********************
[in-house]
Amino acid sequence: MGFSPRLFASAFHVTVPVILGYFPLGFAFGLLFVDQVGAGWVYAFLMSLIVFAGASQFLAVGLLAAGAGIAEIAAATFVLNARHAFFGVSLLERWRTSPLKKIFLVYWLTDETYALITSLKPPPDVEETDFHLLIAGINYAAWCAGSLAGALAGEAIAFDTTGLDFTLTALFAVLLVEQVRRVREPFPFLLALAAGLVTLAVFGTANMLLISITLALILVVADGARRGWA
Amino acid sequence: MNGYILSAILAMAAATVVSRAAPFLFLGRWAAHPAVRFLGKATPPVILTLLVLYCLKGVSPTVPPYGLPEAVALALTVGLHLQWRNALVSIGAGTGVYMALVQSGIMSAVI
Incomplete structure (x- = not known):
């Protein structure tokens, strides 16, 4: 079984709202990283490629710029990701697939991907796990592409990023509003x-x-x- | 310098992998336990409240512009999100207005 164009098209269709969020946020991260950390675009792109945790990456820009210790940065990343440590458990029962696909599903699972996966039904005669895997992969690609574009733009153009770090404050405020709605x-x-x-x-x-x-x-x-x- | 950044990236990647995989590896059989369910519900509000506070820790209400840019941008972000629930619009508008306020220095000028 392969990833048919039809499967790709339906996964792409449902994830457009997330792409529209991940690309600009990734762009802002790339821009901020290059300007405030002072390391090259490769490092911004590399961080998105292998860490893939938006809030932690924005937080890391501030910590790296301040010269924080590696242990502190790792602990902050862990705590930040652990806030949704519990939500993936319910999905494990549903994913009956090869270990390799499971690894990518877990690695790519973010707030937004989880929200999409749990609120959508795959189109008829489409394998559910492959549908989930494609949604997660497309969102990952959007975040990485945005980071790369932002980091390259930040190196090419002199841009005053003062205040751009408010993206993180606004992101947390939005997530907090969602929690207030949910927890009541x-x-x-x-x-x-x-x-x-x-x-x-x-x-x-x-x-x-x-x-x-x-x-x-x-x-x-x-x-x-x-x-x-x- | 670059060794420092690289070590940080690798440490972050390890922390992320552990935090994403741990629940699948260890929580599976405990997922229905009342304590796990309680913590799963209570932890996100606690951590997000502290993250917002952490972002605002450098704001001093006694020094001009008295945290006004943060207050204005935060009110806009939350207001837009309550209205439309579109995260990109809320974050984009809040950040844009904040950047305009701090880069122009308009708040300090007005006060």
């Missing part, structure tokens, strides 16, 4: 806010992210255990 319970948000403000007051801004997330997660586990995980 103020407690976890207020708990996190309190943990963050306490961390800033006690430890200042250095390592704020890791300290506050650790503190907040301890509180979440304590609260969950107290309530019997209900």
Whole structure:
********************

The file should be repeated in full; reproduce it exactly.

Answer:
[in-house]
Amino acid sequence: MGFSPRLFASAFHVTVPVILGYFPLGFAFGLLFVDQVGAGWVYAFLMSLIVFAGASQFLAVGLLAAGAGIAEIAAATFVLNARHAFFGVSLLERWRTSPLKKIFLVYWLTDETYALITSLKPPPDVEETDFHLLIAGINYAAWCAGSLAGALAGEAIAFDTTGLDFTLTALFAVLLVEQVRRVREPFPFLLALAAGLVTLAVFGTANMLLISITLALILVVADGARRGWA
Amino acid sequence: MNGYILSAILAMAAATVVSRAAPFLFLGRWAAHPAVRFLGKATPPVILTLLVLYCLKGVSPTVPPYGLPEAVALALTVGLHLQWRNALVSIGAGTGVYMALVQSGIMSAVI
Incomplete structure (x- = not known):
């Protein structure tokens, strides 16, 4: 079984709202990283490629710029990701697939991907796990592409990023509003x-x-x- | 310098992998336990409240512009999100207005 164009098209269709969020946020991260950390675009792109945790990456820009210790940065990343440590458990029962696909599903699972996966039904005669895997992969690609574009733009153009770090404050405020709605x-x-x-x-x-x-x-x-x- | 950044990236990647995989590896059989369910519900509000506070820790209400840019941008972000629930619009508008306020220095000028 392969990833048919039809499967790709339906996964792409449902994830457009997330792409529209991940690309600009990734762009802002790339821009901020290059300007405030002072390391090259490769490092911004590399961080998105292998860490893939938006809030932690924005937080890391501030910590790296301040010269924080590696242990502190790792602990902050862990705590930040652990806030949704519990939500993936319910999905494990549903994913009956090869270990390799499971690894990518877990690695790519973010707030937004989880929200999409749990609120959508795959189109008829489409394998559910492959549908989930494609949604997660497309969102990952959007975040990485945005980071790369932002980091390259930040190196090419002199841009005053003062205040751009408010993206993180606004992101947390939005997530907090969602929690207030949910927890009541x-x-x-x-x-x-x-x-x-x-x-x-x-x-x-x-x-x-x-x-x-x-x-x-x-x-x-x-x-x-x-x-x-x- | 670059060794420092690289070590940080690798440490972050390890922390992320552990935090994403741990629940699948260890929580599976405990997922229905009342304590796990309680913590799963209570932890996100606690951590997000502290993250917002952490972002605002450098704001001093006694020094001009008295945290006004943060207050204005935060009110806009939350207001837009309550209205439309579109995260990109809320974050984009809040950040844009904040950047305009701090880069122009308009708040300090007005006060």
């Missing part, structure tokens, strides 16, 4: 806010992210255990 319970948000403000007051801004997330997660586990995980 103020407690976890207020708990996190309190943990963050306490961390800033006690430890200042250095390592704020890791300290506050650790503190907040301890509180979440304590609260969950107290309530019997209900």
Whole structure: